It’s actually the exact opposite on both counts. I’m struggling to find good citations for you, but these twoarticles mention the two points in passing (PDF!): the wealthier you are, the more likely you are to vote Republican, while Latinos vote at least 60% Democrat (a solid trend, though not overwhelming). Given the positions of the two parties, those trends aren’t really shocking.
I fear this outcome, and in passing would like to ask what other prosperous countries foolsguinea thinks all we progressive Yanks would be moving to. Unless you practice some niche occupation or professional specialty, it’s quite tough to do. Heck, you could probably strike out the “prosperous” qualification without much affecting the validity of my question. With regard to the increasing income disparity, and the complaints from his base that Obama hasn’t accomplished much of what he promised, it’s possible that the oligarchy has already become too firmly entrenched.
On the other hand, we are moving towards greater concentration of the population in cities. At least on the coasts, city dwellers tend to swing much farther to the left, and this tendency has accelerated in recent years. In California, half-cent sales tax initiatives, for this objective or that, are a popular ballot box device–and one that often succeeds, despite the fact that new taxes imposed by the state or federal government are usually off the table. The fact that Obama is the first urban president in a couple of generations may have signaled a turning point.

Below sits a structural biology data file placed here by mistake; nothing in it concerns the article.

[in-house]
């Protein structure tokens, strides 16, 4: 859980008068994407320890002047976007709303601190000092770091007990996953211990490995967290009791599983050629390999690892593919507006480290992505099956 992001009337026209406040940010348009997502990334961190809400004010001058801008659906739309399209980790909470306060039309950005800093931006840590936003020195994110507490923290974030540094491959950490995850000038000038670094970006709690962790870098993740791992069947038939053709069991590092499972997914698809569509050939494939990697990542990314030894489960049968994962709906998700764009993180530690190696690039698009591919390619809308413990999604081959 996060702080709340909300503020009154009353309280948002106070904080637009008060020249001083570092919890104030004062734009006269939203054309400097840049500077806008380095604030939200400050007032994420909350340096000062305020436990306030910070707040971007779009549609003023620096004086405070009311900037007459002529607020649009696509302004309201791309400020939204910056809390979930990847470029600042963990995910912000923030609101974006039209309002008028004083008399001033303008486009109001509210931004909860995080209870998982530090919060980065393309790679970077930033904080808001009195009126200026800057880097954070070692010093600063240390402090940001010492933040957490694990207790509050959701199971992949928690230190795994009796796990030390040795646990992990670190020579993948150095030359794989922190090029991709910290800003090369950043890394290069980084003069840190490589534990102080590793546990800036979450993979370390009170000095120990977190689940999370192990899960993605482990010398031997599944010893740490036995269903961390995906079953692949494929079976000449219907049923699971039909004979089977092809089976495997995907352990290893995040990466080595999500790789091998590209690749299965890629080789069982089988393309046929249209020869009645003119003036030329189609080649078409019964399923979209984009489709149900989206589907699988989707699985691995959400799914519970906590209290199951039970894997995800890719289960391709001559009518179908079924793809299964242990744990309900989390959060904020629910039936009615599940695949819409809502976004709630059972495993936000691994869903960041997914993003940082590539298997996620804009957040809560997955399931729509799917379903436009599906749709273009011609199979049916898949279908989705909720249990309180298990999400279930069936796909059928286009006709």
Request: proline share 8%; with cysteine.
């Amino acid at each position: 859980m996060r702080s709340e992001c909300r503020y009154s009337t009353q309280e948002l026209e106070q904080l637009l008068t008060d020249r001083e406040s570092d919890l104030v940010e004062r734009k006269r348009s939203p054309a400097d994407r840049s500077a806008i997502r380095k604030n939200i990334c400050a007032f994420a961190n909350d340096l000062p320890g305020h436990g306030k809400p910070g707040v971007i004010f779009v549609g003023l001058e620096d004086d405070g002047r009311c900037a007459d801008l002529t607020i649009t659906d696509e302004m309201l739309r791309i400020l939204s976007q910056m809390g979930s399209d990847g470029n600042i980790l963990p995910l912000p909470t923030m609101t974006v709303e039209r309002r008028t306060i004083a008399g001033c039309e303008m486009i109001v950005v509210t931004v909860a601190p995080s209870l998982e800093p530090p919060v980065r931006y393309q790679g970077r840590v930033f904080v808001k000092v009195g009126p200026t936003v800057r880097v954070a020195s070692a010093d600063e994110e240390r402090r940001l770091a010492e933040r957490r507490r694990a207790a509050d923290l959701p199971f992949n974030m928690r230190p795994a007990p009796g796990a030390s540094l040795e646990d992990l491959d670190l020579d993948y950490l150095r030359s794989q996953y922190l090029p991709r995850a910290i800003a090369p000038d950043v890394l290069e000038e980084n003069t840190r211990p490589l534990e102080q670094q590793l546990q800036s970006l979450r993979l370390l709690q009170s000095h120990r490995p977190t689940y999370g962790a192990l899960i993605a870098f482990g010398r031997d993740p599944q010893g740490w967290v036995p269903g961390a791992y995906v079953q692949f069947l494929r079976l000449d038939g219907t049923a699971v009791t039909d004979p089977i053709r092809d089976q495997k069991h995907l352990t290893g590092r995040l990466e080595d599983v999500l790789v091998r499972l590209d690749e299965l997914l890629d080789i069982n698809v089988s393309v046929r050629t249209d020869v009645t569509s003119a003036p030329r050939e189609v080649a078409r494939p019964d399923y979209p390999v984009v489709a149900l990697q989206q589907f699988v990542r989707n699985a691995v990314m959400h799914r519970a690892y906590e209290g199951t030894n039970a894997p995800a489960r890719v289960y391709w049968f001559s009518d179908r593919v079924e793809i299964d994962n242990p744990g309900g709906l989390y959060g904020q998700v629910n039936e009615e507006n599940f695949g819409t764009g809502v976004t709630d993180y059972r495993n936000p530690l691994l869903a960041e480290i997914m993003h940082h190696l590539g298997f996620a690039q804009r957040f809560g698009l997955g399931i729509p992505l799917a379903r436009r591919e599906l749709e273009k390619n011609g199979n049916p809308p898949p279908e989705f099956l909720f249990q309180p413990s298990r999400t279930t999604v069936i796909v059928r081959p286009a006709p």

Some things other OECD nations have going for them is how much cheaper their militaries and health care is. We spend about 17% of GDP on health, other wealthy nations spend 8-11% for systems in many ways better. We spend 5% of GDP on military, many European nations spend closer to 2%. So that extra 10% of GDP saved on health and military is freed up to spend on other things. Lucky skunks. Plus they don’t seem (as far as I know) to have the same opposition to taxes, esp supply side taxes which in a plutocracy like our need to be part of any budget.
So in many ways, they are in better shape than us because of it. But if they start having problems with nearly free (to the end user) education and health, or retirement at a younger age they will push austerity and become more like the US.
If Europe goes bankrupt, their social safety net may be cut with austerity to be about as reliable as ours is before austerity. Ours after austerity will probably be closer to a middle income country.
South America is becoming more prosperous. And the Tea Party will never get enough traction to really get rid of Medicare or whatnot. Plus Chile’s neoliberal programs under Pinochet was rather successful. Finally we spend percentage-wise of GDP only one percent more than France on the military.
South America is also turning more towards European style social safety nets with that wealth. Several latin american countries are investing in universal health care and anti-poverty programs among other things.
Also according to this Chile’s GDP per capita growth didn’t take off until the late 80s, which was near the end of Pinochet’s reign.
And the world bank says France spends 2.4%, the US spends 4.7%.